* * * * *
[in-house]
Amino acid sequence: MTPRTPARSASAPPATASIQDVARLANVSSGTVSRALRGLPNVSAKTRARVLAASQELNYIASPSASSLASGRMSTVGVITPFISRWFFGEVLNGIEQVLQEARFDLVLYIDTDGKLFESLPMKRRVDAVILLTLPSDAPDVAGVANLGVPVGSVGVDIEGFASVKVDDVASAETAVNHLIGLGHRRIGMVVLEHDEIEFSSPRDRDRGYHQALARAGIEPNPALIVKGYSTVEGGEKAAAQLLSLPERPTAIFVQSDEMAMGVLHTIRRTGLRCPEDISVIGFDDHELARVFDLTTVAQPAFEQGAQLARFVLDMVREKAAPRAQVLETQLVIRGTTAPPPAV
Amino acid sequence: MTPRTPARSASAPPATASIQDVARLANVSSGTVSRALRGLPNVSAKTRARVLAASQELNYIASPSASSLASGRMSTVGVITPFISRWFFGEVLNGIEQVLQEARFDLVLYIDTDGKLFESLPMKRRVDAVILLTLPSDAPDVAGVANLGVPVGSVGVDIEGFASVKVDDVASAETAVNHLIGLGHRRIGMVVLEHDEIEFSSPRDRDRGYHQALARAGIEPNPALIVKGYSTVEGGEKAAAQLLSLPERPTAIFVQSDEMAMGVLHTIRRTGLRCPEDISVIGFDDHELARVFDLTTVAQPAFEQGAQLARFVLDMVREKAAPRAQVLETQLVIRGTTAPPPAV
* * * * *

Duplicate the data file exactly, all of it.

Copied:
[in-house]
Amino acid sequence: MTPRTPARSASAPPATASIQDVARLANVSSGTVSRALRGLPNVSAKTRARVLAASQELNYIASPSASSLASGRMSTVGVITPFISRWFFGEVLNGIEQVLQEARFDLVLYIDTDGKLFESLPMKRRVDAVILLTLPSDAPDVAGVANLGVPVGSVGVDIEGFASVKVDDVASAETAVNHLIGLGHRRIGMVVLEHDEIEFSSPRDRDRGYHQALARAGIEPNPALIVKGYSTVEGGEKAAAQLLSLPERPTAIFVQSDEMAMGVLHTIRRTGLRCPEDISVIGFDDHELARVFDLTTVAQPAFEQGAQLARFVLDMVREKAAPRAQVLETQLVIRGTTAPPPAV
Amino acid sequence: MTPRTPARSASAPPATASIQDVARLANVSSGTVSRALRGLPNVSAKTRARVLAASQELNYIASPSASSLASGRMSTVGVITPFISRWFFGEVLNGIEQVLQEARFDLVLYIDTDGKLFESLPMKRRVDAVILLTLPSDAPDVAGVANLGVPVGSVGVDIEGFASVKVDDVASAETAVNHLIGLGHRRIGMVVLEHDEIEFSSPRDRDRGYHQALARAGIEPNPALIVKGYSTVEGGEKAAAQLLSLPERPTAIFVQSDEMAMGVLHTIRRTGLRCPEDISVIGFDDHELARVFDLTTVAQPAFEQGAQLARFVLDMVREKAAPRAQVLETQLVIRGTTAPPPAV